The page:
As my father turned the car around and drove up the mountain, silence prevailed in the car. I turned around and watched the Jordanian soldiers work on their barricade until they disappeared from my view. He parked the car by the house and every one got out as my grandfather rushed back into the house to turn the radio on. All of us piled into the den without saying a word as my grandfather tuned the radio to different stations. After tuning in three stations that had martial music, he settled on the fourth one that had what sounded like a man reading a news bulletin. My mother and grandmother went into the kitchen to prepare lunch. It wasn’t much later before we heard the first explosions, and I ran to one of the windows to look across the street at the town in the valley bellow. I saw piles of dirt splashing in circles, with columns of smoke rising from them; the dirt resembled the splash water makes when a rock is tossed into a body of water. My mother came and garbed me and pulled me away from the window seconds before the glass started to rattle. “But mom I want to watch… it looks so pretty…” I objected. She held me in her lap as I strained extending my body as far as I could to try looking out the window. The explosions continued the rest of the day. Later in the afternoon the glass in the widows started rattling continuously, very faint at first that no one noticed it but me. It was different than the way it rattled when the explosions occurred, and I could not help but sneak into the window again to investigate. The den windows were narrow and had a wide ledge that I could sit on; I was the only one that could fit in that space. As I took my favorite position and squeezed into the space behind the window I saw a jet wiz by. It flew at eye level no further than half a block away; it was silver with a strange blue star painted on the tail. Shortly there after the roaring of jet engines was deafening… and I watched as half a dozen men standing across the street looking at the jet as it descended on the valley bellow dropping something from its wings. The men broke out into cheers and were whistling and clapping, as they jumped up and down. Moments later I saw the explosions down in the valley as I was whisked away from the window and rebuked. My mother was so harsh with me that I started to cry, and my grandfather took me into his lap and tried calming me down. After I stopped crying, I asked him “Jiddo… why where those men clapping and whistling when that plane dropped stuff from its wings?” “It dropped stuff from its wings!” he exclaimed. “Yes… it looked like it dropped two jugs of milk… and I saw them fall into the valley making the dirt splash, and then smoke came out.” “Ah… those were bombs… and were did you see the men who were clapping and cheering?” he questioned. “They were standing across the street” I replied. “Well they must have been happy to see the Jordanian air force here to defend them,” he said. “Does the Jordanian air force have silver plains… with a strange blue star on the tails?” I questioned him. “Strange blue star!” he exclaimed. “ “I think I can draw it” and with that I jumped out of his lap, ran into his office and came back with a pencil and paper in hand. I climbed back into his lap and drew the star and said, “see… it looked like this.” As he looked at my drawing he explained “Ah… that is called the Star of David and the jet you saw must have been an Israeli one.” “Are those men across the street Israelis?” I asked. “Israelis! Stay here… I’ll go look,” he said as he pushed me off his lap to get up. He cautiously walked to the window looked outside, and then came back. “No… they are Arabs,” he said, as he sat down and pulled me back into his lap. “Then why are they cheering? Are the Israelis defending them too?” “No the Israelis are attacking them,” he explained. “Then why would they be cheering Jido?” I asked, as I was confused. “Well… they looked like old men to me… maybe they cannot see too well.” I was still confused but I did not ask any more questions, as I laid my head on his chest and quietly listed to the explosions rattle the glass.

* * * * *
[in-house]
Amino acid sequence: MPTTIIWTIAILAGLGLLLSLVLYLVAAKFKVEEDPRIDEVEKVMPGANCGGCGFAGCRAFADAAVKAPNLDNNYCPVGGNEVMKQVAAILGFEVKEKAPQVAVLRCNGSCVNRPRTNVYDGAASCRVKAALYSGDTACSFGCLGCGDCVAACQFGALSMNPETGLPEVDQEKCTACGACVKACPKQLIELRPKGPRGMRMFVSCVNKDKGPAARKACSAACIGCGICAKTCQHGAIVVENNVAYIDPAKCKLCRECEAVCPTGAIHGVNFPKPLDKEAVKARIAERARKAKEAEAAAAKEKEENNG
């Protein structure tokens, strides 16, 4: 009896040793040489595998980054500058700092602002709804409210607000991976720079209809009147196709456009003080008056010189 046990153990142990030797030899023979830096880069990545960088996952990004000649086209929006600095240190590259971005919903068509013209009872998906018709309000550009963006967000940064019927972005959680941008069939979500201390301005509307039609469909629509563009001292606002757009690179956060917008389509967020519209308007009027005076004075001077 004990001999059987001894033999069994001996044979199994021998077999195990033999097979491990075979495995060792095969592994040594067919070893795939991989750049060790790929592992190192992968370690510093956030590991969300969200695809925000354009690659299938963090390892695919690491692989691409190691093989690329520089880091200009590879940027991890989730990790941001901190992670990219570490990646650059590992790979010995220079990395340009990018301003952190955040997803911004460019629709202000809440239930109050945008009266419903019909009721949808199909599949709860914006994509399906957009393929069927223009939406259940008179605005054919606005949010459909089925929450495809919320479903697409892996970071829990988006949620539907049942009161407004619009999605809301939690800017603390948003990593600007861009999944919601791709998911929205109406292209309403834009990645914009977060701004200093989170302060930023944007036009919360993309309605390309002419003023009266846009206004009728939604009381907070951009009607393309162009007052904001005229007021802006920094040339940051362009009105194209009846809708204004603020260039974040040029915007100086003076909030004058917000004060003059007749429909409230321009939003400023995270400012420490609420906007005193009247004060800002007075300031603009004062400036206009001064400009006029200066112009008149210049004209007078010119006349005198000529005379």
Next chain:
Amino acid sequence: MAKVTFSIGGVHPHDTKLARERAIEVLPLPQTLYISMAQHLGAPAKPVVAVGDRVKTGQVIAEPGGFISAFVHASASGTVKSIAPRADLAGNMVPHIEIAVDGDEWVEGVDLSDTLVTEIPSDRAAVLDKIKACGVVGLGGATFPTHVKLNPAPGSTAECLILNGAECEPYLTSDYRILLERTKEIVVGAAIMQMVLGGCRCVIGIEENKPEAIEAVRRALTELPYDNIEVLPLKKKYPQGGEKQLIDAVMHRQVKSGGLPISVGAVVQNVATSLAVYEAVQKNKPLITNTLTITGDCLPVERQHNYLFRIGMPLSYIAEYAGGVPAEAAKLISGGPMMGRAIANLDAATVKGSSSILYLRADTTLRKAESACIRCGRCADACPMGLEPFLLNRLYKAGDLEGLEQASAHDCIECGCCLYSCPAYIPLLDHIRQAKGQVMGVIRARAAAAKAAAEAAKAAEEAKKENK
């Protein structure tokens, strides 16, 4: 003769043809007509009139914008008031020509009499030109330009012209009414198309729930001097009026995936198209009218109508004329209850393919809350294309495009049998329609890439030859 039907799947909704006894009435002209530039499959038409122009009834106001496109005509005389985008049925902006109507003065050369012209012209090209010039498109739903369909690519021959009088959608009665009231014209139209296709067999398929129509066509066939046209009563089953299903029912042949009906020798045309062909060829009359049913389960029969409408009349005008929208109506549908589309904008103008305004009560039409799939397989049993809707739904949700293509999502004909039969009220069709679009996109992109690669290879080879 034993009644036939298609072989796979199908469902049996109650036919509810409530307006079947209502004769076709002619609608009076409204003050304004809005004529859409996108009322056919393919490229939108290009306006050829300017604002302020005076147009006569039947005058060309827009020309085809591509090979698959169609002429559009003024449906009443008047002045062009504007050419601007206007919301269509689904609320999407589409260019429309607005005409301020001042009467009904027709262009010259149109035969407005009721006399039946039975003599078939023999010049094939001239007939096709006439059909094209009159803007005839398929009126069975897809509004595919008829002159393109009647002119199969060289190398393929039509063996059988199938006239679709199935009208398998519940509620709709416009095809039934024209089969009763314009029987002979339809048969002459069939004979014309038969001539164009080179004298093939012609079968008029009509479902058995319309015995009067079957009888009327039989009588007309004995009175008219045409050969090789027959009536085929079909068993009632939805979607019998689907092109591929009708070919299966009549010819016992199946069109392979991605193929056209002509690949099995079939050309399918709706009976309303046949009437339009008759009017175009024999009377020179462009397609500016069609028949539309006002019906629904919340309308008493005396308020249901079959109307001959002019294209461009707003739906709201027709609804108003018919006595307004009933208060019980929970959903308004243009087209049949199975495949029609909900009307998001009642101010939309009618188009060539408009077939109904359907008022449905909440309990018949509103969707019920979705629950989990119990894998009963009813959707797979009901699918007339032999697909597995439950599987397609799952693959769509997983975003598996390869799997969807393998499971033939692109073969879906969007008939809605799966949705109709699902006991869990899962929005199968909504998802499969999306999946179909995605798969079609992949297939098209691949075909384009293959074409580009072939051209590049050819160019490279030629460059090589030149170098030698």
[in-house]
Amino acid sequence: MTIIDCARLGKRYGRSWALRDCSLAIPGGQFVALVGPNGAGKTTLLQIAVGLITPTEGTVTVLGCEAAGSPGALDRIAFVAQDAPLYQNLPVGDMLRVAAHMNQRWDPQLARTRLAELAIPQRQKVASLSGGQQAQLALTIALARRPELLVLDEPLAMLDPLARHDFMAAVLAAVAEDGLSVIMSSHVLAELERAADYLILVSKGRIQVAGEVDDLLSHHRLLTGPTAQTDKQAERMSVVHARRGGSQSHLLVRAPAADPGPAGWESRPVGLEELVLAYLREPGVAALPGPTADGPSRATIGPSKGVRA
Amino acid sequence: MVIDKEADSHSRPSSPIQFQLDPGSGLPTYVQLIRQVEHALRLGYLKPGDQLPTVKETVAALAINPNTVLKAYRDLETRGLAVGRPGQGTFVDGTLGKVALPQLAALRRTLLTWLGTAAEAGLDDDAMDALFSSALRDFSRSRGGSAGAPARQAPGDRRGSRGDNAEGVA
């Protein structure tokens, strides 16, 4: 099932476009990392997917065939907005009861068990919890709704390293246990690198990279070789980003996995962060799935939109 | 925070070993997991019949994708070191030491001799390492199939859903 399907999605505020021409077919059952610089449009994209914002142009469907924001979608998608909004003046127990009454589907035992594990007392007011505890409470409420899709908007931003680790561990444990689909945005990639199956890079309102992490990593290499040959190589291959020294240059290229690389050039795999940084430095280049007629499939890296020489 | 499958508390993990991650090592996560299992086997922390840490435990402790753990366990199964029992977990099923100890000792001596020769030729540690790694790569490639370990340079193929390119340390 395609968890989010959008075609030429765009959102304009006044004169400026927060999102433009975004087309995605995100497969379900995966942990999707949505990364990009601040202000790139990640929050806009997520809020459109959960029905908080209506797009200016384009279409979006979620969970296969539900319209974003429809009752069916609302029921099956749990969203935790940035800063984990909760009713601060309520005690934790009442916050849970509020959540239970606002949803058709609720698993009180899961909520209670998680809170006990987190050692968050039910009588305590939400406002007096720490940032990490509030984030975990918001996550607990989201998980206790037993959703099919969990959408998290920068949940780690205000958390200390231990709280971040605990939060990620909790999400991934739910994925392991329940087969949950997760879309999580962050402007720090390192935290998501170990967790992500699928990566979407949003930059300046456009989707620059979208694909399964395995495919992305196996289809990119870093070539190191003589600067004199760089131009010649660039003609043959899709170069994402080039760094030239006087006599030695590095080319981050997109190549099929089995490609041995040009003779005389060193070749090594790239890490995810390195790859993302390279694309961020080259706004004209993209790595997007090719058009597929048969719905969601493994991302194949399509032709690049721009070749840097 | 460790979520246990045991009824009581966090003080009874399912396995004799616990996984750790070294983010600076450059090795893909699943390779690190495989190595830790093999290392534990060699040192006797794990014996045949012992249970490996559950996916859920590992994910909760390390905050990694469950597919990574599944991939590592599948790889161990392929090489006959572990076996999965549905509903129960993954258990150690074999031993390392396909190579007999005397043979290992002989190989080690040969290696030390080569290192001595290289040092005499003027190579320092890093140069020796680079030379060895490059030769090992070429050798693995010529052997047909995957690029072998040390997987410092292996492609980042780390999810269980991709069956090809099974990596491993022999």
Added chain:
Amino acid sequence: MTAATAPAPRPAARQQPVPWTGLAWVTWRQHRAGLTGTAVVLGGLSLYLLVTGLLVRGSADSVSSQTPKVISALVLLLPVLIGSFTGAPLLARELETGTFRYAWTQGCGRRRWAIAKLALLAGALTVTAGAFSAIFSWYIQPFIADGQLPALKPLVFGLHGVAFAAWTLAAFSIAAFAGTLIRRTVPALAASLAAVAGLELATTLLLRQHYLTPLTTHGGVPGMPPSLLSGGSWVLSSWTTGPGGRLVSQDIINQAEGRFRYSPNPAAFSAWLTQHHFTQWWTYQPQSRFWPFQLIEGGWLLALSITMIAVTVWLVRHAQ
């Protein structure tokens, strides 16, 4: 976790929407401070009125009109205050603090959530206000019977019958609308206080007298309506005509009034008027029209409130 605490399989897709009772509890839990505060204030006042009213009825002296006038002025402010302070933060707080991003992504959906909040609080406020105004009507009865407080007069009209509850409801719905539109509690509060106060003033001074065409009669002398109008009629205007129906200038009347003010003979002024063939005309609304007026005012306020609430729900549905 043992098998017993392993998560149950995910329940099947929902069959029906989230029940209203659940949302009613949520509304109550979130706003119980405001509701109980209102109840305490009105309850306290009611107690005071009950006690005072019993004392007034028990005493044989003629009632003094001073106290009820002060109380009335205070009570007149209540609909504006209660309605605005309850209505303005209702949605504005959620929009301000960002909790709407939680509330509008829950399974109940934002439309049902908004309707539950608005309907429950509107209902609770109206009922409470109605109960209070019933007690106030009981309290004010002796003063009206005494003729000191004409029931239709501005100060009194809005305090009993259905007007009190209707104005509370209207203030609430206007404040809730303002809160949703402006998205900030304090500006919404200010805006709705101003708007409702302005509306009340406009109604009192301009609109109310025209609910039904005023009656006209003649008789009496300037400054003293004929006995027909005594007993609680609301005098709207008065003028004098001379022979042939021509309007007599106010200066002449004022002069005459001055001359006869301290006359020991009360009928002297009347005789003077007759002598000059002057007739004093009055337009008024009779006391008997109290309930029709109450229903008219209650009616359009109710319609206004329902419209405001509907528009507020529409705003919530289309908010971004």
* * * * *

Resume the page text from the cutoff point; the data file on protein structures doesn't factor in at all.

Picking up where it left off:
For the remainder of the war it was much of the same thing, we spent most of our time in the back bedroom (the safest room in the house since there was no bomb shelter). During the next two days the Israelis gained ground as the Jordanian army retreated. By Wednesday June 7th the Israeli army had advanced all the way to the Jordan River, and their combat engineers blew up all the bridges across the Jordan River, cutting off the West Bank from Jordan. On the 10th of June the war stopped, and the next day my cousins and I were able to go out and play in the front yard. I saw no more explosions in the valley below, but I did see army jeeps flying a white flag with the Star of David on it drive up the mountain. The occupation of the West Bank of Jordan had started.